"Each man has a song and this is my song." (Leonard Cohen)

Sunday, October 6, 2013

Fort Worth (Warner Bros, 1951)









Great fun



 
 

Fort Worth is a 1950s Randolph Scott B Western which is rather good. It has a very complex plot but a lot of zip.

It was directed by Edwin L Marin, he of Tall in the Saddle fame. He’d also done Abilene Town and Colt .45. Sadly, Fort Worth was his last Western and he checked in his jodhpurs and megaphone permanently the same year.
 
 
Classic
 
 
It’s the old one about the gunfighter hanging up his irons because he believes the pen is mightier than the Colt. He sets up an independent newspaper in Fort Worth. Of course, as in all such films, he is finally obliged to buckle on his sixguns again so that kind of undermines the principle; but that’s Westerns for you.

The story also has a railroad-coming-to-town theme, an evil rancher and an unscrupulous townsman who wants to own the whole place, so all bases are covered. There’s even a train on fire, Dodge City-style and partially pinched fom there, and a stampede. The rogue who wants to rule the town is played by David Brian in his first Western (the following year to be the excellently-named Austin McCool, the raider leader in Springfield Rifle). He has panache and presence and makes a very good charming scumbag.
 

First Fort Worth, then all Texas
 
 
The New York Times was a bit unkind about David Brian's Western prowess. "Mr. Brian, incidentally, has no business near a saddle. In fact, he'd better go back to cuffing Joan Crawford around or next time he may see a horse laugh." Ouch.

I like the movie for several reasons, not least because Ray Teal is the ruthless rancher and is absolutely splendid. Mr. Teal was well up there with Richard Boone and Bruce Dern as one of the top ten ever heavies. He was never less than excellent.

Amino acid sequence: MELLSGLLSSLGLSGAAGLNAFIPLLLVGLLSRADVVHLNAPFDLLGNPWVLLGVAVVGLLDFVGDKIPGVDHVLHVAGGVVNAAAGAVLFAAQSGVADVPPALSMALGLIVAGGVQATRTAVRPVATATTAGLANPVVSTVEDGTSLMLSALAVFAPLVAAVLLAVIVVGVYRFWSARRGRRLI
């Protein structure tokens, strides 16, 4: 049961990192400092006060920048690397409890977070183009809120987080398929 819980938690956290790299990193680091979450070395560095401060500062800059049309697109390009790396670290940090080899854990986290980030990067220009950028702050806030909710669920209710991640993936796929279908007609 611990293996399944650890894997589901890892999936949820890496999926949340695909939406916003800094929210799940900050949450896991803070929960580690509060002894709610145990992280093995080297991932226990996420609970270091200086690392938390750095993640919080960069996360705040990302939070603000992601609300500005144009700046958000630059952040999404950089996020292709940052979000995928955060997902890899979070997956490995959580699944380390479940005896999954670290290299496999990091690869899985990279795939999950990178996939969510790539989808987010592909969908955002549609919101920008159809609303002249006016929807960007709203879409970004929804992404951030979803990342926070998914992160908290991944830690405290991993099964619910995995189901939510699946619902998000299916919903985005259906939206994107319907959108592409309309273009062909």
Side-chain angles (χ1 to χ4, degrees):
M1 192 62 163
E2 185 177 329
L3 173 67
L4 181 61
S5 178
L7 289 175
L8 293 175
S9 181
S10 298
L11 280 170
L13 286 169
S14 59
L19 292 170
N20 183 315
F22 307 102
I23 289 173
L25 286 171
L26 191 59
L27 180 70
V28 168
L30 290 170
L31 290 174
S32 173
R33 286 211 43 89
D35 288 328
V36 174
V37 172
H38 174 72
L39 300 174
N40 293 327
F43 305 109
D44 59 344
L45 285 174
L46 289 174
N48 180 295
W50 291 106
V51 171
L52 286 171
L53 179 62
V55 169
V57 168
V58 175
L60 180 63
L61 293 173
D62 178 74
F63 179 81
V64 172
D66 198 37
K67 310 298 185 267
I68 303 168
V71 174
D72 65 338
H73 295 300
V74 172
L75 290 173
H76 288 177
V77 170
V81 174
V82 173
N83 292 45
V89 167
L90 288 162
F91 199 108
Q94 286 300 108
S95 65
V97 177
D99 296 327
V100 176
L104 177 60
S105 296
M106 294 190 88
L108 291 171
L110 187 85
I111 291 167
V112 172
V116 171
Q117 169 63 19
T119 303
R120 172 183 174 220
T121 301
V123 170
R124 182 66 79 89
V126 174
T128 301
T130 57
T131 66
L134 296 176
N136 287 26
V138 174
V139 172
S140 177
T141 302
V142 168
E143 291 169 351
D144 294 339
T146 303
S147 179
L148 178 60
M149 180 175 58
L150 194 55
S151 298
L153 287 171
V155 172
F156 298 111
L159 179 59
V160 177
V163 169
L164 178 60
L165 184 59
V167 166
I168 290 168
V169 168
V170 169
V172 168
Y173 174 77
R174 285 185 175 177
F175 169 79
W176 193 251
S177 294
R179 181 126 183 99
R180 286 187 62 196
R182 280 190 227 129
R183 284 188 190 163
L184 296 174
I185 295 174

Ray the Great
 
 
Randolph Scott is in fine fettle, with his sixguns strapped over his printer’s apron.

The Woman is Phyllis Thaxter (she was to appear in Springfield Rifle too) and, as in many Westerns, she bloodthirstily urges the good hero to kill in a way that today would have her in court on trial for incitement to murder but which then seemed perfectly normal. Actually, even by 1951 (or 1851) standards, she is a bit unpleasant.
 

The kind of woman who wants men to murder other men
 

Chubby Johnson is a cowardly Sheriff under rogue Brian’s thumb.
 

Chubby as bought-and-paid-for Sheriff
 
 
There’s a good bit where they outwit Ray Teal & Thugs by swapping sixguns.
 
 
They swap guns
 
 
There are worshiping references to Sam Houston and heroic music is played when he appears (or a portrait of him does anyway).

The ending is a snap happy one with everything coming right in the last ten seconds. Randy looks delighted to have Phyllis in his arms. I’d watch out if I were him.

Apparently the première was in Fort Worth and Randy took part in a horse race there, judged a beauty contest and at the railyard participated in the re-enactment of a train robbery.

Great stuff and definitely worth a look, pards.

 

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